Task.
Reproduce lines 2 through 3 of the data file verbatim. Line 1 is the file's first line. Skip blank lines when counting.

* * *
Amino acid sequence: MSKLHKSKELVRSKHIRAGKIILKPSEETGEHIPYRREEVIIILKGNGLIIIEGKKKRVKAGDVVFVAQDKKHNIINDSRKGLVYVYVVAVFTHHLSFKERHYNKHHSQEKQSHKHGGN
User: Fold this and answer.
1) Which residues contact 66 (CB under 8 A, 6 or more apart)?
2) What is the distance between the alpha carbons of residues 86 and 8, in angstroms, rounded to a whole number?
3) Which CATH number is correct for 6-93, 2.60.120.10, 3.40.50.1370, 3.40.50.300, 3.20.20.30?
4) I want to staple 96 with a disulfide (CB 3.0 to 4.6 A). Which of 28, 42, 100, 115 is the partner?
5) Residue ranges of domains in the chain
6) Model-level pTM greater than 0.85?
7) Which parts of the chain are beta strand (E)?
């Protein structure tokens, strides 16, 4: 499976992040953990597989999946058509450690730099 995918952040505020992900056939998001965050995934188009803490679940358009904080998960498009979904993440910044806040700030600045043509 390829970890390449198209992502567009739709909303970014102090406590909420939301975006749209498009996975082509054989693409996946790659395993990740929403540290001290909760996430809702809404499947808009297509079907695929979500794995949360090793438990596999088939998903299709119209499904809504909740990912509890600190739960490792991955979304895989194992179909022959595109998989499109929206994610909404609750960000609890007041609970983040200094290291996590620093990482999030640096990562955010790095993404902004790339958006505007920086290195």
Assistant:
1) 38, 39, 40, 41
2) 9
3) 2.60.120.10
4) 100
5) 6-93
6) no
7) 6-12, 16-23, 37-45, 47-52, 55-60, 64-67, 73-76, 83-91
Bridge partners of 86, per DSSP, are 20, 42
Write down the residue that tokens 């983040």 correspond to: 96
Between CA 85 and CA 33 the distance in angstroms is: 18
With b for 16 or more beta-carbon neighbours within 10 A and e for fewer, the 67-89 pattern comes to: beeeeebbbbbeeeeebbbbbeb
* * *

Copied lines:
User: Fold this and answer.
1) Which residues contact 66 (CB under 8 A, 6 or more apart)?